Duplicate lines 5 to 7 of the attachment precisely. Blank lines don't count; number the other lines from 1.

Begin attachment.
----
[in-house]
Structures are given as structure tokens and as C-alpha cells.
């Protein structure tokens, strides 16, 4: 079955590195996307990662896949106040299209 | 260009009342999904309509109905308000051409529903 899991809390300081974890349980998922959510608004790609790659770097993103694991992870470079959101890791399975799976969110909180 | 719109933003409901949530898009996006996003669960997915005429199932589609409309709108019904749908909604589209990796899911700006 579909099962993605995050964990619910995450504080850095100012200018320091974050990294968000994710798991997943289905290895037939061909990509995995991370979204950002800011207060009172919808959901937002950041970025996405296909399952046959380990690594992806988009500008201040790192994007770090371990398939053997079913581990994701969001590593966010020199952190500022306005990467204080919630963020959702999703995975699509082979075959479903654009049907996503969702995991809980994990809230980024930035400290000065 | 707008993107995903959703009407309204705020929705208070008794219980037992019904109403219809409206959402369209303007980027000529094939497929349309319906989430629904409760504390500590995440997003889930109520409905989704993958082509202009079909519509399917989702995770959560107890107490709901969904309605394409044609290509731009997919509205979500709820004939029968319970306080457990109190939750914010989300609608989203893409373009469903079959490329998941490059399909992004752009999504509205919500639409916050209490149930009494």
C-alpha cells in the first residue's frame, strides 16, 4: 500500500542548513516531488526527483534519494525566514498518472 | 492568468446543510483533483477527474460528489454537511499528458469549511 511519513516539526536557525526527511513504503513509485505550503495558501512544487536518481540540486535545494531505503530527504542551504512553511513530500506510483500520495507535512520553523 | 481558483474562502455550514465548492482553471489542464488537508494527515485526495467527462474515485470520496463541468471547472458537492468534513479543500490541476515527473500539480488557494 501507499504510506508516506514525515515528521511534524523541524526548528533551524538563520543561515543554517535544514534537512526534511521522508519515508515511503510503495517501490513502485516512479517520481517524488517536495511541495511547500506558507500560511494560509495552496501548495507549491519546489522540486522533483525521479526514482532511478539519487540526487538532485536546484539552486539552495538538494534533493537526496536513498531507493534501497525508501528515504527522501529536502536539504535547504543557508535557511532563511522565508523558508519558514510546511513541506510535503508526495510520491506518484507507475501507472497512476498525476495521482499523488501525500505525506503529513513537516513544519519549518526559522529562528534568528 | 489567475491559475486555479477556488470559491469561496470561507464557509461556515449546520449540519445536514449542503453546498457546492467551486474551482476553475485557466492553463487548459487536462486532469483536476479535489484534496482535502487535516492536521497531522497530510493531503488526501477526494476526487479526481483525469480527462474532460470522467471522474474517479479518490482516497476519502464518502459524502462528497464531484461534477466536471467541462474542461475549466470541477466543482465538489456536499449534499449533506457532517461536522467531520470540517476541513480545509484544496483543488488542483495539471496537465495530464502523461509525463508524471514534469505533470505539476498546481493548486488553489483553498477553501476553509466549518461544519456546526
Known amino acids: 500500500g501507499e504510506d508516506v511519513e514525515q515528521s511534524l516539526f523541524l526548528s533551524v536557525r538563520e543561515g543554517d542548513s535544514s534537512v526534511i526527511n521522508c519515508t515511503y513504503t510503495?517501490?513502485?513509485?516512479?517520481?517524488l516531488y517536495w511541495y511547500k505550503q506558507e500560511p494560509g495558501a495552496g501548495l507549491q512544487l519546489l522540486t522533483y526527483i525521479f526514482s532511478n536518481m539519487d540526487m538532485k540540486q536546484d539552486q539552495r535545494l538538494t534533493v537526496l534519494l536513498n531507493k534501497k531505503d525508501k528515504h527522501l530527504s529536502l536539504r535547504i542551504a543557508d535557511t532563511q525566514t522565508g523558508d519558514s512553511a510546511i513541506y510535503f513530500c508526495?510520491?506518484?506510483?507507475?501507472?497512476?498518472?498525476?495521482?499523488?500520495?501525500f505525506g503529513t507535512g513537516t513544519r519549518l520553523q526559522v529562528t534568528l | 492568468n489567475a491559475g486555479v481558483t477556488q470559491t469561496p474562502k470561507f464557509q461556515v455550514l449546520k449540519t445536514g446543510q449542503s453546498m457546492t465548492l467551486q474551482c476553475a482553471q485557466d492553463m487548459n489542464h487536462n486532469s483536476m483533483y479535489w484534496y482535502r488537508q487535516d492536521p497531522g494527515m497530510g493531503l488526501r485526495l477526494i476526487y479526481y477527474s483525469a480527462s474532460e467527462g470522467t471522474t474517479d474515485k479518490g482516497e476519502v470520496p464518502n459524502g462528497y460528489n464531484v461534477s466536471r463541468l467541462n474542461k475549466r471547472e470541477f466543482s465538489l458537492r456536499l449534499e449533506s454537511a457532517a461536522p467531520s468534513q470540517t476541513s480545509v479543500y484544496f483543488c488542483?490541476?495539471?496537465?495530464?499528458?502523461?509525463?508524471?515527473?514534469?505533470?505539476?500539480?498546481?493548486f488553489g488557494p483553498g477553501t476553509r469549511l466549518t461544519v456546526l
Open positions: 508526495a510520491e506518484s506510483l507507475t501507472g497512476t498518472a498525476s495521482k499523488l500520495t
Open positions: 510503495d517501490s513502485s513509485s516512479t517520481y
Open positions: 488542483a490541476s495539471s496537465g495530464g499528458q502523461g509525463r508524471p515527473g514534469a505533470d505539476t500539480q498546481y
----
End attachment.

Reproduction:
Known amino acids: 500500500g501507499e504510506d508516506v511519513e514525515q515528521s511534524l516539526f523541524l526548528s533551524v536557525r538563520e543561515g543554517d542548513s535544514s534537512v526534511i526527511n521522508c519515508t515511503y513504503t510503495?517501490?513502485?513509485?516512479?517520481?517524488l516531488y517536495w511541495y511547500k505550503q506558507e500560511p494560509g495558501a495552496g501548495l507549491q512544487l519546489l522540486t522533483y526527483i525521479f526514482s532511478n536518481m539519487d540526487m538532485k540540486q536546484d539552486q539552495r535545494l538538494t534533493v537526496l534519494l536513498n531507493k534501497k531505503d525508501k528515504h527522501l530527504s529536502l536539504r535547504i542551504a543557508d535557511t532563511q525566514t522565508g523558508d519558514s512553511a510546511i513541506y510535503f513530500c508526495?510520491?506518484?506510483?507507475?501507472?497512476?498518472?498525476?495521482?499523488?500520495?501525500f505525506g503529513t507535512g513537516t513544519r519549518l520553523q526559522v529562528t534568528l | 492568468n489567475a491559475g486555479v481558483t477556488q470559491t469561496p474562502k470561507f464557509q461556515v455550514l449546520k449540519t445536514g446543510q449542503s453546498m457546492t465548492l467551486q474551482c476553475a482553471q485557466d492553463m487548459n489542464h487536462n486532469s483536476m483533483y479535489w484534496y482535502r488537508q487535516d492536521p497531522g494527515m497530510g493531503l488526501r485526495l477526494i476526487y479526481y477527474s483525469a480527462s474532460e467527462g470522467t471522474t474517479d474515485k479518490g482516497e476519502v470520496p464518502n459524502g462528497y460528489n464531484v461534477s466536471r463541468l467541462n474542461k475549466r471547472e470541477f466543482s465538489l458537492r456536499l449534499e449533506s454537511a457532517a461536522p467531520s468534513q470540517t476541513s480545509v479543500y484544496f483543488c488542483?490541476?495539471?496537465?495530464?499528458?502523461?509525463?508524471?515527473?514534469?505533470?505539476?500539480?498546481?493548486f488553489g488557494p483553498g477553501t476553509r469549511l466549518t461544519v456546526l
Open positions: 508526495a510520491e506518484s506510483l507507475t501507472g497512476t498518472a498525476s495521482k499523488l500520495t
Open positions: 510503495d517501490s513502485s513509485s516512479t517520481y